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A group gathered this past May at Mountain View Corrals in Woodlake to hear Lauren Billys speak about her journey to the Olympics.

park them in the hallway of her sorority house. Or when she got home from a horse show at midnight and she still needed to study for that chemistry exam scheduled for the next day. In 2010, Lauren earned a spot on U.S. territory’s Puerto Rican Equestrian Team, a position she is able to have not only because of her outstanding riding abilities, but because of her Puerto Rican heritage. It was in 2011, during the Pan American Games in Guadalajara, Mexico, that Lauren rode into the stadium on her beloved mare, Ballingowan Ginger, simply known as Ginger. She told the crowd gathered in Elderwood that the moment was unreal: “Here I am, surrounded by 6,000 manic, neurotic people like me who love horses!” she said, eliciting laughs. “The most natural place I felt was on a horse. And I thought, if I can go to the Pan American games, I can go to the Olympics.” And that’s when the planning began in earnest. TRAINING A NEW HORSE A slew of competitions and intense training followed in an effort to qualify for one of three spots on the Puerto Rican team in individual eventing. Eventing is one of the most grueling of equestrian events, requiring horse and rider to be trained in three disciplines: dressage, stadium jumping, and crosscountry. As is often required in the world of horses, it also meant it was time to say goodbye. A change of horses is no easy task for a rider, as the duo often develops intense bonds of trust and love. But to continue competing in the highest-level competitions, Lauren had 18 L I F E S T Y L E | J U N E 2 0 1 6

to sell her two top mares: Ginger and Jitter Bug. Talking about that decision still causes Lauren to get teary-eyed. She acquired Marseille in England, who is a back-up to her Olympic partner, Castle Larchfield Purdy. She acquired “Purdy” in June 2014 with the help of an ownership syndicate. She likens him to riding a dinosaur. At 17 hands high, she said, “He’s a beast.” She also left Fresno (diploma in hand, with a double major in enology and chemistry) and moved her eventing business to Carmel Valley to be closer

to her coaches, Bea and Derek DiGrazia. Many riders haul-in to a private ranch she manages there to supplement their training. Coaching others and sharing her knowledge is a joy, she said, noting to the students that her college degrees helped prepare her for starting and operating her own business. By March 2016, after a grueling competition schedule, Lauren learned she had earned a spot on the Puerto Rican team. She and Purdy will continue training for the games by participating in prep events across the country, concluding with the Great Meadow CIC3* in Plains, Virginia. That will put them on the East Coast in time for the July 30 departure to Brazil. Competition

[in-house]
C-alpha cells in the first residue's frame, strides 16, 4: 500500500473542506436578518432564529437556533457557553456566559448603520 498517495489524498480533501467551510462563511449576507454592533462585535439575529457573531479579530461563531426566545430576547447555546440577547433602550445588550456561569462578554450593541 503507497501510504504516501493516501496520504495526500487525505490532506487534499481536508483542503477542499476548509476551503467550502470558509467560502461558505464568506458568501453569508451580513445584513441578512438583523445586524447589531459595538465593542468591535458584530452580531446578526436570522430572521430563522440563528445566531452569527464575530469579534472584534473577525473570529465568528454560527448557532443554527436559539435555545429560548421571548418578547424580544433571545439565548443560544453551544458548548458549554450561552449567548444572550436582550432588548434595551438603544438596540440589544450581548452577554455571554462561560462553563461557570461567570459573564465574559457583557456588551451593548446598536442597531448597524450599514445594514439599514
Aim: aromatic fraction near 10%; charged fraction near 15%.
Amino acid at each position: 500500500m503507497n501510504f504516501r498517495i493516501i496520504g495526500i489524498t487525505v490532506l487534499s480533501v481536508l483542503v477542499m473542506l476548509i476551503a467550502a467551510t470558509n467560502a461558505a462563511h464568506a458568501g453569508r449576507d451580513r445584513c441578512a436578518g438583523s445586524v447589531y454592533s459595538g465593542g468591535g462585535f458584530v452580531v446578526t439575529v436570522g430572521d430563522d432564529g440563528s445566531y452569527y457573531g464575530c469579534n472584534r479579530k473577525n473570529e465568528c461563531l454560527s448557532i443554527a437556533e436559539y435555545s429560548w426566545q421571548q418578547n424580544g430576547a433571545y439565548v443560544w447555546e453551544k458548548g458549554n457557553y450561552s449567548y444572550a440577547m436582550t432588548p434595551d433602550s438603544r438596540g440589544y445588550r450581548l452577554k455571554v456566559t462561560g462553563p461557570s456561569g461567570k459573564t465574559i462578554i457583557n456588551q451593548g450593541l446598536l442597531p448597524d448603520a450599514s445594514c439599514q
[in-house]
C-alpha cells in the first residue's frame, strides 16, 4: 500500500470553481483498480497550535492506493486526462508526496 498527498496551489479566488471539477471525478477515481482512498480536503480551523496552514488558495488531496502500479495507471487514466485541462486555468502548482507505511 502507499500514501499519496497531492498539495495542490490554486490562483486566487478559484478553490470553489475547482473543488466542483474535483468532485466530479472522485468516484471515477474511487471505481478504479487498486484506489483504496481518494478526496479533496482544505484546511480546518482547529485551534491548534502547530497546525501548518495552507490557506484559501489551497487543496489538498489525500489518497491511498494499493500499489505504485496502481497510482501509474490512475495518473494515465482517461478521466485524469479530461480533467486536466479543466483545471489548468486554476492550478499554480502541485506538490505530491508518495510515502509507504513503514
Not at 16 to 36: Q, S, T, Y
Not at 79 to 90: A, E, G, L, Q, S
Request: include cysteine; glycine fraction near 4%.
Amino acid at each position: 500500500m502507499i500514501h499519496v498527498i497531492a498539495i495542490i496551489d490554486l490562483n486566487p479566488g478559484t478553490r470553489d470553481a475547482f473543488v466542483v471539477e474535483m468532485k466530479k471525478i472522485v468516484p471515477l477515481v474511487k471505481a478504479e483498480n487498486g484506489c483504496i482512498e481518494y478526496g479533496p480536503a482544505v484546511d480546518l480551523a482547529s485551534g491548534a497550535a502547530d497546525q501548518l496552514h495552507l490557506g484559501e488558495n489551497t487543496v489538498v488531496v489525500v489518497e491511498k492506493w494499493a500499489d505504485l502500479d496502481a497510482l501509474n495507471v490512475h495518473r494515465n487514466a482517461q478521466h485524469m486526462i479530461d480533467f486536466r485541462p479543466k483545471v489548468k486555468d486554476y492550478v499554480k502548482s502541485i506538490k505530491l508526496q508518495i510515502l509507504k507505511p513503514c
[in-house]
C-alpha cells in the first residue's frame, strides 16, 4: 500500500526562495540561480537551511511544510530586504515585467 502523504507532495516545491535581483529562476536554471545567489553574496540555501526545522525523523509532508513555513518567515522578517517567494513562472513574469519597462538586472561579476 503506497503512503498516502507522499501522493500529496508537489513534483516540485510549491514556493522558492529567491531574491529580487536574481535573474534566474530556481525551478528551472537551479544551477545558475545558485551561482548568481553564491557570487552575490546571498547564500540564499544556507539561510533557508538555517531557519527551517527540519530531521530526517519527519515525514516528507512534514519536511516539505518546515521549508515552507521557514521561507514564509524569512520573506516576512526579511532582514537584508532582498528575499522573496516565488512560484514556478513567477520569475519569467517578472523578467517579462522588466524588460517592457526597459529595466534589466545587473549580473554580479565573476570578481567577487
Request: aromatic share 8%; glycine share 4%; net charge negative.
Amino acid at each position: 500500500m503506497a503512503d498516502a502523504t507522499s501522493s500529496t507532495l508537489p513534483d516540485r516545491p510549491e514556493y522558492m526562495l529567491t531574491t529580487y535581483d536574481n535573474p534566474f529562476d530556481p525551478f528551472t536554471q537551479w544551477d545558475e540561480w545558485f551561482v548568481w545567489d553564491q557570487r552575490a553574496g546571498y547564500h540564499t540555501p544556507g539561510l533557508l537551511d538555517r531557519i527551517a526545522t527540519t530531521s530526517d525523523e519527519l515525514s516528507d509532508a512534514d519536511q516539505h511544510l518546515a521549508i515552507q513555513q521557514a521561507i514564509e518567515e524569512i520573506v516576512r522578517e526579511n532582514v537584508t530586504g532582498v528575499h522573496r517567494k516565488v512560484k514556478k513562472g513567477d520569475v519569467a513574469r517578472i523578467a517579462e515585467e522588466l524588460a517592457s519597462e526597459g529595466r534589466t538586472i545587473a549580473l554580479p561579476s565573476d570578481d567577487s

is scheduled for Aug. 5-6. In the meantime, she will also continue working with Marseille, her second horse. Lauren said in an interview with California Riding Magazine that she believes he is a good candidate for the 2018 Equestrian Games. Lauren shared with the students the ins and outs of international travel with a horse, from required quarantine periods to the huge ramps wheeled up to the back of 747s, where Purdy and other horses are loaded. She also acknowledged the expert equine nutrition and health guidance of Dr. Doug Anez, who owns Pacific Crest Equine in Exeter with his wife, Dr. Kelly Anez. It’s important to note that unlike most Olympic athletes, Lauren must not only keep herself in top condition, but Purdy, too. Through all of the competition, training, and travel, Lauren has remained grounded and committed to her horses, her supporters, and her family, including mom Betsy and sister Alyssa. This makes Laurel, her childhood trainer, very proud. “The thing that impresses me about her is she hasn’t forgotten where she came from,” said Laurel. “When riders get to this level, they can get arrogant and into themselves. I don’t feel like she’s ever done that. Just the fact that she took time out to talk to kids and parents at a little country thing, I think that shows class. I’m so proud of what she has accomplished.” Lauren told the crowd before concluding her talk, “This isn’t just about me. It’s all thanks to my community. I wouldn’t be here without the support and encouragement of everyone.” Follow Lauren Billys’ blog at the 2016 Olympic Games at laurenbillys.com. INSET: Lauren Billys with her first trainer, Laurel George.


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LITERARY ARTS

SUMMER LANE PRO LI FI C YO U N G WR ITER K EEP S TH E H ITS CO M I N G

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any a 13-year-old may dream of having a writing career someday. Summer Lane didn’t see any reason to add the “someday” part of it. While she had been making up stories even before she could put them on paper, she began her writing career in earnest at 13 by submitting her work for publication. “I worked and worked and worked,” she said. “I was constantly writing books, short stories, essays, and whatever. I was contacting magazines. It’s really hard to break into, kind of like acting. It’s almost impossible to make it unless you’re relentless.”